Classes and Objects, Part One

This is the eighth lesson in a series introducing 10-year-olds to programming through Minecraft. Learn more here.

One of the most important topics Java we need to understand in for modding Minecraft is classes and how to use them.

A class is a definition (or blueprint) for an object. It is a grouping of variables (called fields) and methods.

public class Block
{
    private String unlocalizedName;

    public final int blockID;

    /* Number of hits it takes to break a block. */
    public float blockHardness;

    public Block(int id, Material par2Material) 
    {
        ....
    }

    protected void initializeBlock() 
    {
        ...
    }

    public void setStepSound(StepSound sound) 
    {
        ... 
    }
}

This class has:

  • 3 fields: unlocalizedName, blockID, and blockHardness. Fields are simply variables within a class.

  • 3 methods: Block (which is a special method called a constructor since it has the same name as the class), initializeBlock, and setStepSound. A method is a group of statements that perform a specific task. The variables listed within parentheses after a method name are called parameters.

Creating Objects

To create an object (an instance of a class), we use the new keyword.

Block myBlock = new Block(...);

We can then access methods and fields that are part of the class definition.

myBlock.setStepSound(new StepSoundSand(...));

myBlock.blockHardness = 4.0f;

Note that we can only access methods and fields that are marked public. We will talk more about visibility later.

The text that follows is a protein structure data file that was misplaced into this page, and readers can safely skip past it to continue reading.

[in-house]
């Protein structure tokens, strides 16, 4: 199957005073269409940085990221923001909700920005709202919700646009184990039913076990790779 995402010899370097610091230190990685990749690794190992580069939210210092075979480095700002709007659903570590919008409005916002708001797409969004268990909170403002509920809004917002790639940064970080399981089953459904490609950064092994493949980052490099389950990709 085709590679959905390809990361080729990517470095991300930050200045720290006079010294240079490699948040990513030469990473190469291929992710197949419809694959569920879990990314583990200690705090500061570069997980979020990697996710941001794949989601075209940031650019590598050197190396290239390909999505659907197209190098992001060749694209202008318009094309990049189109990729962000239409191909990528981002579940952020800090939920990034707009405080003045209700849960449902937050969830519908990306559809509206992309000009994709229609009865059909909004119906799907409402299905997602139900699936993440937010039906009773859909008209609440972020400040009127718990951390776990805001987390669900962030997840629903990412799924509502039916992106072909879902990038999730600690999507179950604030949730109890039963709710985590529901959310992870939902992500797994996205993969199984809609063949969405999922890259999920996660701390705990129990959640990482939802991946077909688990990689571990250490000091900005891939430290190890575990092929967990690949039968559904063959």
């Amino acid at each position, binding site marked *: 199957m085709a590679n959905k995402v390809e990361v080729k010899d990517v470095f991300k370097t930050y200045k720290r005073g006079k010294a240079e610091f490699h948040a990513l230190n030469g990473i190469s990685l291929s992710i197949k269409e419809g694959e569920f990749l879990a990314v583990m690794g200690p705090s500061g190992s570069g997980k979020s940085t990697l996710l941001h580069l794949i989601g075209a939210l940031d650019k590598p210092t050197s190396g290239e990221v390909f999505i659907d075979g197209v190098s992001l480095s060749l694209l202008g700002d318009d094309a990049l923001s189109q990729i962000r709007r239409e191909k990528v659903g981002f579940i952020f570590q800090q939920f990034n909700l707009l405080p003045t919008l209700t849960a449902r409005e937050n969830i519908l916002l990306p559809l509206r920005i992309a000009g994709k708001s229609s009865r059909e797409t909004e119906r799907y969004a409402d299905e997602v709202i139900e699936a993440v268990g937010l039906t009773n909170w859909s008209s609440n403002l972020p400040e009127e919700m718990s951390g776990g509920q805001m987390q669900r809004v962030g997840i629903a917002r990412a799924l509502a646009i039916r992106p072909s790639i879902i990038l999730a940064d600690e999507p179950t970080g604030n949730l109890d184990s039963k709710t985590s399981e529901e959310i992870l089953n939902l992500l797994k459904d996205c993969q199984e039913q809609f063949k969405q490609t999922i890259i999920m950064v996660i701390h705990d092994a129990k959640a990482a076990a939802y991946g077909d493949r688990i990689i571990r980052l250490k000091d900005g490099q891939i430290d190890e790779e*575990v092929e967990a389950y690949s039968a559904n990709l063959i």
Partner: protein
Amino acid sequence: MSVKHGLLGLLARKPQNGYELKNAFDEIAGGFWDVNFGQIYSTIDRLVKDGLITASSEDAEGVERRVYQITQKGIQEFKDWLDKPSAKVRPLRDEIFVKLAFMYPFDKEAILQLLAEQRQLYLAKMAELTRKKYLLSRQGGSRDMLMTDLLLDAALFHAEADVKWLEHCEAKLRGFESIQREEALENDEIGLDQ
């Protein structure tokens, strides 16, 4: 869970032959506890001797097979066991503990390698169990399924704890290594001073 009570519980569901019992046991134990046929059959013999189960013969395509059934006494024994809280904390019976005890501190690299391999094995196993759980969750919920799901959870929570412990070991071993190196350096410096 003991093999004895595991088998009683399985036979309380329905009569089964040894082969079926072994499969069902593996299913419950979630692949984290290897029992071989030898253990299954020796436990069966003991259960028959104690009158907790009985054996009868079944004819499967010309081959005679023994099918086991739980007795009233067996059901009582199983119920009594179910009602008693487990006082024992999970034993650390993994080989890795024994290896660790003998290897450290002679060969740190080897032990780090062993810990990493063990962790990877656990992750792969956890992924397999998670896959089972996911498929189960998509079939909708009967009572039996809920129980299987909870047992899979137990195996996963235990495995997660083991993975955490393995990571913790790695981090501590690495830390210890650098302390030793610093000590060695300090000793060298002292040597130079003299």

Inheritance

Let's say we have a Block class that can already perform a bunch of tasks. We might want to create a special type of snow block that melts if a player stands on it for too long.

Since we don't want to copy all the code we have in Block into our new BlockSnow class, we can have BlockSnow extend Block. (We could also say that BlockSnow is derived from Block or that BlockSnow inherits from Block).

What this means is that we automatically get all of the functionality of Block in BlockSnow and we can add some new functionality as well.

public class BlockSnow extends Block 
{ 
    public void melt() { ... }
}

BlockSnow blockOfSnow = new BlockSnow();
blockOfSnow.setStepSound(...);
blockOfSnow.melt(...);

Note that although we didn't include setStepSound in our BlockSnow class, we can still call that method because it exists in the parent class (Block).

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